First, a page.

Of course, equity markets can only hear one thing (for fear of the consideration of Plan B) but as The Washington Post notes, the Senate Republicans can't agree on how their meeting with Obama went.
- Good - Sen. Bon Corker: "I was pleasantly surprised, I think there's a gelling that's beginning to take place."
- Bad - Sen. Susan Collins: "I don't want to give the impress that he endorsed it, but he indicated there were 'elements' with which he agreed."
- Ugly - Sen John Cornyn: "...what could have been a productive conversation was instead another predictable lecture from the President that did not lay out a new path forward."
Summing it all up (and mixing metaphors) - it's a Goldilocks meeting for stocks.
With Gallup indicating the biggest 3-week decline in economic confidence since Lehman, it is hardly a surprise that UMich consumer confidence slumped to its lowest since January having fallen 3 months in a row. This is the 2nd monthly miss in a row - and biggest 3-month drop in 25 months - and appears to confirm the cyclical turn we have been discussing for a few months. And remember, the exuberance of multiple expansion relies on the ever-rising confidence of the people to lift it back to nebulous heights.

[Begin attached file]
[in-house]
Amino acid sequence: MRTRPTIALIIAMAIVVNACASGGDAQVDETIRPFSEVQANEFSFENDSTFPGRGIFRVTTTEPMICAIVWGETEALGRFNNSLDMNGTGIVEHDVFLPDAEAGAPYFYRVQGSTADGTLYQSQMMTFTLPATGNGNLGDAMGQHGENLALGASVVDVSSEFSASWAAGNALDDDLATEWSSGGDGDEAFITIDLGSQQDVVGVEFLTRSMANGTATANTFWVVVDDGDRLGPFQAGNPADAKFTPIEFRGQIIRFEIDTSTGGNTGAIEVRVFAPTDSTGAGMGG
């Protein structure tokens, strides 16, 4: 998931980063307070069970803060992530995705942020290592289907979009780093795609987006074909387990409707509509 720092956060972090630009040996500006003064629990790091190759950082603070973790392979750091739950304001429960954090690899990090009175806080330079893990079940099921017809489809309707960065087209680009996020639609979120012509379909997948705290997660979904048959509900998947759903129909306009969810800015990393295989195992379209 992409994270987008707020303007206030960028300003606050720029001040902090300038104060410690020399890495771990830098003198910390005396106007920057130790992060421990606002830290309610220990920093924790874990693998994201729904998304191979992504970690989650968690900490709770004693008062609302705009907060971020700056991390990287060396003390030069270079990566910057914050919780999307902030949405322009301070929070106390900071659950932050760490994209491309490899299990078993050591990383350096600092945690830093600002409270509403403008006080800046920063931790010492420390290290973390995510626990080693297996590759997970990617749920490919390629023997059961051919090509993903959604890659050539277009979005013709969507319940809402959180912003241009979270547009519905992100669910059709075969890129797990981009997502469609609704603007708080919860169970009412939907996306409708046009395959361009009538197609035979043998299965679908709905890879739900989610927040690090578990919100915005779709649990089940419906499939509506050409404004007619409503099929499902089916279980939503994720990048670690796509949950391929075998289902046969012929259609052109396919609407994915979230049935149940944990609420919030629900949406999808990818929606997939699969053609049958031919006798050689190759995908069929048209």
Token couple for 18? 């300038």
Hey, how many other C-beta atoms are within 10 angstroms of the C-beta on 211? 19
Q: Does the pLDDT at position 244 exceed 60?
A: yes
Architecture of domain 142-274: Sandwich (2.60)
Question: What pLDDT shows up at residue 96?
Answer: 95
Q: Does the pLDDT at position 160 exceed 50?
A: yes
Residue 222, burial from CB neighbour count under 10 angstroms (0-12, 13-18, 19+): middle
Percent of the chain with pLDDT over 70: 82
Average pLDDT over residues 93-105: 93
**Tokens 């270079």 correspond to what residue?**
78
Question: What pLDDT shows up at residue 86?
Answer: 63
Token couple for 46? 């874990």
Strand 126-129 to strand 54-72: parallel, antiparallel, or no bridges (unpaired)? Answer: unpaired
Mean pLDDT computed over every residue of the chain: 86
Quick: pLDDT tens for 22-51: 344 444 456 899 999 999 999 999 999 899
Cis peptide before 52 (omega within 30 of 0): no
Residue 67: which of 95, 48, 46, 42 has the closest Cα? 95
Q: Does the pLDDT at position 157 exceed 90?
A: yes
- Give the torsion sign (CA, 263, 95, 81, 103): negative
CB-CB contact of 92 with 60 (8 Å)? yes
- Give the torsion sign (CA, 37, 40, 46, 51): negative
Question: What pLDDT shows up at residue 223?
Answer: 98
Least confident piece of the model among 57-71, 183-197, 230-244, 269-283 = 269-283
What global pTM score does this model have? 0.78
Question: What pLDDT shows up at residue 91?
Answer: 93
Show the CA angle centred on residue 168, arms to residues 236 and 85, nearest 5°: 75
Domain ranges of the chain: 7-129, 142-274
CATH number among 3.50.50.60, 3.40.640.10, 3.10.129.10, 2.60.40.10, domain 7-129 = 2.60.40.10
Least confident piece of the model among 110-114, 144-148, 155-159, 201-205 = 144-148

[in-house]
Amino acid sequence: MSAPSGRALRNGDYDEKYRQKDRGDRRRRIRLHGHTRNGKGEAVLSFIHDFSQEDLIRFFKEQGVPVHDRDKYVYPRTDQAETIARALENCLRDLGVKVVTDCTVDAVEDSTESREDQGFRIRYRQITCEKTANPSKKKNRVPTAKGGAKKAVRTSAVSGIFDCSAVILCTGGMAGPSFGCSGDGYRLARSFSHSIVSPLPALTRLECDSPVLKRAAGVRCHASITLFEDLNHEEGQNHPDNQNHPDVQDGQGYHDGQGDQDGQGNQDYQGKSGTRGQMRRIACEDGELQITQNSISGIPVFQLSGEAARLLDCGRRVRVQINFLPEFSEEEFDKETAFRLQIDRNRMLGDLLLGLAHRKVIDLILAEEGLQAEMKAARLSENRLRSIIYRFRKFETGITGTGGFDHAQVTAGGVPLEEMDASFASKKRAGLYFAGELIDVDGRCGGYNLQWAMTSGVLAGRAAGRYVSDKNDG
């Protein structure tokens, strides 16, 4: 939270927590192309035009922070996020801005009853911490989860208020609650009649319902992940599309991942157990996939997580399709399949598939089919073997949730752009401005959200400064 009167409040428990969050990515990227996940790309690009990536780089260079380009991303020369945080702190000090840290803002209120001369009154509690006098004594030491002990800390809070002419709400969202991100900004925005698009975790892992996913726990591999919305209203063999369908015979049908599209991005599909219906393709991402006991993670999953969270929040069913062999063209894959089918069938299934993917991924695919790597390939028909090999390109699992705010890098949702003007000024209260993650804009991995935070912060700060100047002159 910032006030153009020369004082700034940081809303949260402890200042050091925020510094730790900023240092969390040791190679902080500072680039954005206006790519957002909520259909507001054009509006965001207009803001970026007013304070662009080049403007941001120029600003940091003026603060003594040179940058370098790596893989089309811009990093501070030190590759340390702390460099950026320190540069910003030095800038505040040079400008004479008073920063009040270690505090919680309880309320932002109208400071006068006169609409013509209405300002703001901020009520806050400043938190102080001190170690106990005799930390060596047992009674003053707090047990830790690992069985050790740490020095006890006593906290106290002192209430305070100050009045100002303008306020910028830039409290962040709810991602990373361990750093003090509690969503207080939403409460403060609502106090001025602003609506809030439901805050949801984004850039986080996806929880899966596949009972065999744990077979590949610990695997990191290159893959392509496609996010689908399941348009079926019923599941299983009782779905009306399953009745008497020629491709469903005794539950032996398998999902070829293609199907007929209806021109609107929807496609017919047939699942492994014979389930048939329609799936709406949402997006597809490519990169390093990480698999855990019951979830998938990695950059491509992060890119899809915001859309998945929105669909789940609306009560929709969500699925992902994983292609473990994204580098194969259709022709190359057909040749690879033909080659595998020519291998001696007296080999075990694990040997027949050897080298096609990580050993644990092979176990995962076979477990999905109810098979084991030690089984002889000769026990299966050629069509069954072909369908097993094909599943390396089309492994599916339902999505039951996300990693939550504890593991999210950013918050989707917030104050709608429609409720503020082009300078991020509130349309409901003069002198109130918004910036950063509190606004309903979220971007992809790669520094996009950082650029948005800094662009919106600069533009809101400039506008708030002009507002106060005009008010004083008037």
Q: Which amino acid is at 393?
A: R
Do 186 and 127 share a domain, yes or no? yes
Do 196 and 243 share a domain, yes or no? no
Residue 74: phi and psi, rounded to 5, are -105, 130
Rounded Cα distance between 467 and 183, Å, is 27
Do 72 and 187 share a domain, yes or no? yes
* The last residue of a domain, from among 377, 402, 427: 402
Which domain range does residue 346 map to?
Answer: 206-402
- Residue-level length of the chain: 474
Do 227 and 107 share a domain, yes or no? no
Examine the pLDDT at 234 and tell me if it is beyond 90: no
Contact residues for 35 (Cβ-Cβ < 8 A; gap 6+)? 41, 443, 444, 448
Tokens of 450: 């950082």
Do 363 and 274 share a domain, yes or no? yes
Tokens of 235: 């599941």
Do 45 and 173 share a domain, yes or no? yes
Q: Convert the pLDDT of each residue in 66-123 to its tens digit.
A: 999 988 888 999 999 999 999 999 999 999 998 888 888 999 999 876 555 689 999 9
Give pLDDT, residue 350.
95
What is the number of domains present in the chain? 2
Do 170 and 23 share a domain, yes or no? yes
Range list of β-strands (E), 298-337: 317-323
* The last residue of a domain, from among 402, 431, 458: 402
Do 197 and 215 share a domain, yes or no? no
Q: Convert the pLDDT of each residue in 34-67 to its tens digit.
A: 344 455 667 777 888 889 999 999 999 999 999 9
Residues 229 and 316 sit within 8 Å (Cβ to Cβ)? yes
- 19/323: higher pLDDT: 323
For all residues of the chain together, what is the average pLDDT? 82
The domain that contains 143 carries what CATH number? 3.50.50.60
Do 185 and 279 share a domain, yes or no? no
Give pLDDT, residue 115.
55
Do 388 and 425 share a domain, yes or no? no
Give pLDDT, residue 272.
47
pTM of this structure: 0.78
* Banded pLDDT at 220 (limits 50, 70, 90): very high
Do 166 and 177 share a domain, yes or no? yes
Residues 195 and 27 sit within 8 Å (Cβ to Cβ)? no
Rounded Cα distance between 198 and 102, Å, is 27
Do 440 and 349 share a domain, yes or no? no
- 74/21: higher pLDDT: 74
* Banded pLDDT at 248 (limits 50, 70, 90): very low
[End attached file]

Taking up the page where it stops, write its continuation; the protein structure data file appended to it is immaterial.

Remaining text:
Equity markets are holding their gains despite the bond-market's bid this morning (and weakness in Nov bills).. it seems the optimism is a little premature...
Source close to last night's talks tell me CR deal is not as close as many press reports; House Rs far from ready to move on a clean CR
— Robert Costa (@robertcostaNRO) October 11, 2013
Everyone is pointing to national polls blaming the Repblicans and this there is pressure to act... do not forget "All politics is local"
JPM Hammered By Massive $9.2 Billion In Legal Expenses, Posts First Loss Under Dimon; Takes $1.6 Billion Reserve ReleaseSubmitted by Tyler Durden on 10/11/2013 06:42 -0500